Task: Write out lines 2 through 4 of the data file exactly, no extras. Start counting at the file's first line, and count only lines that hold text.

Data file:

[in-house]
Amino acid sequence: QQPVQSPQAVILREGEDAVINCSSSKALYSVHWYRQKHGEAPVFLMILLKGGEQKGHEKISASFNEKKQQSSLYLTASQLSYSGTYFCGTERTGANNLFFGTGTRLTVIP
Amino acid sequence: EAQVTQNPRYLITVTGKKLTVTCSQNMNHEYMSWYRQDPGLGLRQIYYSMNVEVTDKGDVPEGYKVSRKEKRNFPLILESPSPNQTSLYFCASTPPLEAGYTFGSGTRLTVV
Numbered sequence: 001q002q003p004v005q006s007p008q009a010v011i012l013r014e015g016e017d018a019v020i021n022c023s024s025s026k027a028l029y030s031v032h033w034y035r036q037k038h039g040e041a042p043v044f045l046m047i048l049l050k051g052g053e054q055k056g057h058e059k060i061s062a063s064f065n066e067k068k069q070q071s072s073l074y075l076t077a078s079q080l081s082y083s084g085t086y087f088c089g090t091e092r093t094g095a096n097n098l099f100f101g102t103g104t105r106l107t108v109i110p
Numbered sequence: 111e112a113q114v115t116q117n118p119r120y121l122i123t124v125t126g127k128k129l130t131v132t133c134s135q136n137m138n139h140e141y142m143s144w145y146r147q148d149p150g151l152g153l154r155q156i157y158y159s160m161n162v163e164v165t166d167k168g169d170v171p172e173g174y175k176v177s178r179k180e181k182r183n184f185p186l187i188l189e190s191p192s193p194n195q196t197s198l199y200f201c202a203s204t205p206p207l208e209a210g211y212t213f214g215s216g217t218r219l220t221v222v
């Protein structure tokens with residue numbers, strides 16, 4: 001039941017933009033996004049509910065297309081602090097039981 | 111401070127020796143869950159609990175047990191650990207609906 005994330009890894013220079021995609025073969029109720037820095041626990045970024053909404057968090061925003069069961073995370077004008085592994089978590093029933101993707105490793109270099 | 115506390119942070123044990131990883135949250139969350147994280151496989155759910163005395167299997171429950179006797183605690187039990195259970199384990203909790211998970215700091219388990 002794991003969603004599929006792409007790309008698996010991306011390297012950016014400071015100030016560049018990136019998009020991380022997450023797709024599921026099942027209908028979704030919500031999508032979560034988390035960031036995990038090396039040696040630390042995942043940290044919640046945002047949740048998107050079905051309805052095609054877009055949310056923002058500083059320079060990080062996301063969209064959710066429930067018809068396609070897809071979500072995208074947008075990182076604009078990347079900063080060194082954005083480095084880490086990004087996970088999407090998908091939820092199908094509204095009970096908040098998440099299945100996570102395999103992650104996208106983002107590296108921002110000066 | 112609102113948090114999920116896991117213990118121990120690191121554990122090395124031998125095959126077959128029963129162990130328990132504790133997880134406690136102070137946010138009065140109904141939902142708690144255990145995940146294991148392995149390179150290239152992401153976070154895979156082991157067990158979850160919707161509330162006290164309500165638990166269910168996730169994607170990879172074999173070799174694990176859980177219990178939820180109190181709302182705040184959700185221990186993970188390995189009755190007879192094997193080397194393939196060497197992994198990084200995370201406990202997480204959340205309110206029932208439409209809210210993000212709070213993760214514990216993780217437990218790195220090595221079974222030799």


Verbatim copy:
Amino acid sequence: QQPVQSPQAVILREGEDAVINCSSSKALYSVHWYRQKHGEAPVFLMILLKGGEQKGHEKISASFNEKKQQSSLYLTASQLSYSGTYFCGTERTGANNLFFGTGTRLTVIP
Amino acid sequence: EAQVTQNPRYLITVTGKKLTVTCSQNMNHEYMSWYRQDPGLGLRQIYYSMNVEVTDKGDVPEGYKVSRKEKRNFPLILESPSPNQTSLYFCASTPPLEAGYTFGSGTRLTVV
Numbered sequence: 001q002q003p004v005q006s007p008q009a010v011i012l013r014e015g016e017d018a019v020i021n022c023s024s025s026k027a028l029y030s031v032h033w034y035r036q037k038h039g040e041a042p043v044f045l046m047i048l049l050k051g052g053e054q055k056g057h058e059k060i061s062a063s064f065n066e067k068k069q070q071s072s073l074y075l076t077a078s079q080l081s082y083s084g085t086y087f088c089g090t091e092r093t094g095a096n097n098l099f100f101g102t103g104t105r106l107t108v109i110p